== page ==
Now go back to Luke 1. After the Virgin Mary hears that her cousin Elizabeth is pregnant, Luke says that she “arose and went with haste into the hill country, to a city of Judah” (Luke 1:39). Notice that even the “arose and went” verbage is taken from 2 Samuel 6 – the only time that construction is used in the entire New Testament. And notice that she goes to the same place: the hill country of Judah. She then goes to “the house of Zechariah” where she stays for… you guessed it, three months (Luke 1:40, 56). And it’s there that there’s the great scene in which, “when Elizabeth heard the greeting of Mary, the babe leaped in her womb” (Luke 1:41).

And Elizabeth’s response to this is to treat Mary as holy (Luke 1:41-45):

And when Elizabeth heard the greeting of Mary, the babe leaped in her womb; and Elizabeth was filled with the Holy Spirit and she exclaimed with a loud cry, “Blessed are you among women, and blessed is the fruit of your womb! And why is this granted me, that the mother of my Lord should come to me? For behold, when the voice of your greeting came to my ears, the babe in my womb leaped for joy. And blessed is she who believed that there would be a fulfilment of what was spoken to her from the Lord.”

Believe it or not, Elizabeth’s “why is this granted me, that the mother of my Lord should come to me?” is yet another parallel to 2 Samuel 6, where King David asks, “How can the ark of the Lord come to me?” (2 Sam. 6:9).

And of course, all of this makes sense. The Ark of the Covenant was sacred and untouchable because it housed the manna, the Ten Commandments, and the rod of Aaron. Mary housed the Second Person of the Trinity in her womb. Of course she’s holier than the first Ark. (If you’re not ready to admit this, at least you can hopefully see that Scripture presents her as the new Ark).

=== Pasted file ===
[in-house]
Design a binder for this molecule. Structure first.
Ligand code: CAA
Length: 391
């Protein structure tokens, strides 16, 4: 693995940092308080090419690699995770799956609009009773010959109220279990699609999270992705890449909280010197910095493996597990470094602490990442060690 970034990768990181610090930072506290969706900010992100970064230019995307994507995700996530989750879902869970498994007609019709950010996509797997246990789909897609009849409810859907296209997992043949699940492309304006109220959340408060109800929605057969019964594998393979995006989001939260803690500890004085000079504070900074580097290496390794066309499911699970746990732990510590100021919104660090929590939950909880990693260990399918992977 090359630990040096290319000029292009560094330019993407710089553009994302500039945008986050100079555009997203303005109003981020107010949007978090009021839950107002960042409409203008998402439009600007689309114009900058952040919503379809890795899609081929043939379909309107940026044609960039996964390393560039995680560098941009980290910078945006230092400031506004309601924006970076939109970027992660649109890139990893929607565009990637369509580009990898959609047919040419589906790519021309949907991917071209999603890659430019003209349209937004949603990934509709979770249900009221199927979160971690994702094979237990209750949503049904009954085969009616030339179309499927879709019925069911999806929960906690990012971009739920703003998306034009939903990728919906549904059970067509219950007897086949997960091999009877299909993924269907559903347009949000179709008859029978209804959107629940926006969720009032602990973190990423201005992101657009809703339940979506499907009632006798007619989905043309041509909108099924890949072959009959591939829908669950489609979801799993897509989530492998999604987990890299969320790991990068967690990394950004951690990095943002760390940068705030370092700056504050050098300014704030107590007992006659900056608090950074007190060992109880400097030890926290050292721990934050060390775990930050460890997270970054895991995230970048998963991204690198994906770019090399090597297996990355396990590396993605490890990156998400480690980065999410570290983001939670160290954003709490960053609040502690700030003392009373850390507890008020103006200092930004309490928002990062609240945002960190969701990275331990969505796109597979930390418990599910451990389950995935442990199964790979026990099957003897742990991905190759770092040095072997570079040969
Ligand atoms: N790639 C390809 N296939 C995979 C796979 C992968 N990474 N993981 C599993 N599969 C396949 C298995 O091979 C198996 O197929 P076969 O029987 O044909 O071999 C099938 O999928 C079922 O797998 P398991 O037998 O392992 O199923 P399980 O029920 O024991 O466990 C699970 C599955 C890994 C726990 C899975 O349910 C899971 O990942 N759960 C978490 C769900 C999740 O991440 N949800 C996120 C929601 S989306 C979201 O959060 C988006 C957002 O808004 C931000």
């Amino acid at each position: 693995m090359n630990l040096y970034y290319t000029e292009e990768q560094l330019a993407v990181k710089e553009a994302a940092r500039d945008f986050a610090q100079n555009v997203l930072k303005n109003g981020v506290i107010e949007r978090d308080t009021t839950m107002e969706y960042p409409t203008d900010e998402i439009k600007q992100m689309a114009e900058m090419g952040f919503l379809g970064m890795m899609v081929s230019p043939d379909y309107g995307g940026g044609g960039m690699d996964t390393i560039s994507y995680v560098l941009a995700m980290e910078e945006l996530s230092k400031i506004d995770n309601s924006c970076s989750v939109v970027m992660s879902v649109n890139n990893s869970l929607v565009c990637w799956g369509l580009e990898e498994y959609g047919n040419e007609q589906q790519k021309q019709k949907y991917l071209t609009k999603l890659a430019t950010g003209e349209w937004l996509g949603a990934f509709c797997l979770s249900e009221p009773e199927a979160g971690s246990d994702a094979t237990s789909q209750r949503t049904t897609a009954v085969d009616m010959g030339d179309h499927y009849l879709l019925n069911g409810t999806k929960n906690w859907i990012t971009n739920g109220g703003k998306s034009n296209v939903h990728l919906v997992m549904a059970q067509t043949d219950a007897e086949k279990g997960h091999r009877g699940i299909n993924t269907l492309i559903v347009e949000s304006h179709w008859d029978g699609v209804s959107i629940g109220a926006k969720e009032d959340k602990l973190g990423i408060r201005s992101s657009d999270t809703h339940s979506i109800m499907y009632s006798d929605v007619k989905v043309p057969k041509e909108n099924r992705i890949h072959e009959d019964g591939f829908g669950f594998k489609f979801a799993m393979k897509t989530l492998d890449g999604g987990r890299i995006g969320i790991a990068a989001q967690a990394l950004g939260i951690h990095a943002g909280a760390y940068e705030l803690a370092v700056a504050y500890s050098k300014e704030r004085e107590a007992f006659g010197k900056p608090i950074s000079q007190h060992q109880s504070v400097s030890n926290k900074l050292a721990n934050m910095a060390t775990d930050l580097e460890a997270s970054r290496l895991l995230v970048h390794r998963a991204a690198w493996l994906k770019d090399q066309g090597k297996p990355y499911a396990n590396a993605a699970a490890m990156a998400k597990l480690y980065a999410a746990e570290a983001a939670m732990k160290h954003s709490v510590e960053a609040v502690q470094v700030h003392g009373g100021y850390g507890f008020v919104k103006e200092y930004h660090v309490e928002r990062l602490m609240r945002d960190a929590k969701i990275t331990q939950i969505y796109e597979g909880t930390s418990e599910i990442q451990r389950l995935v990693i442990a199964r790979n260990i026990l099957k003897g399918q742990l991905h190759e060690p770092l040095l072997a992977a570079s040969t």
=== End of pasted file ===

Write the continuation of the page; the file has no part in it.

3. Scripture Promises that the Lord Would Assume His Ark into Heaven

Psalm 132:8 says, “Arise, O Lord, and go to thy resting place, thou and the ark of thy might.” On the surface, this is a reference to the Temple, but it’s ultimately pointing towards Heaven. That, after all, is the ultimate rest of God (Hebrews 4:1, 8-11):

Therefore, while the promise of entering his rest remains, let us fear lest any of you be judged to have failed to reach it. […] For if Joshua had given them rest, God would not speak later of another day. So then, there remains a sabbath rest for the people of God; for whoever enters God’s rest also ceases from his labors as God did from his. Let us therefore strive to enter that rest, that no one fall by the same sort of disobedience.

So the Psalm ultimately prefigures Christ entering Heaven… and taking His Ark with Him.

4. Mary Reigning with Christ is Extremely Biblical.

Some Protestants are scandalized about Catholics referring to Mary as Queen of Heaven. So, for example, GotQuestions proclaims:

There is no queen of heaven. There has never been a queen of heaven. There is most certainly a King of Heaven, the Lord of hosts. He alone rules in heaven. He does not share His rule or His throne or His authority with anyone. The idea that Mary, the mother of Jesus, is the queen of heaven has no scriptural basis whatsoever.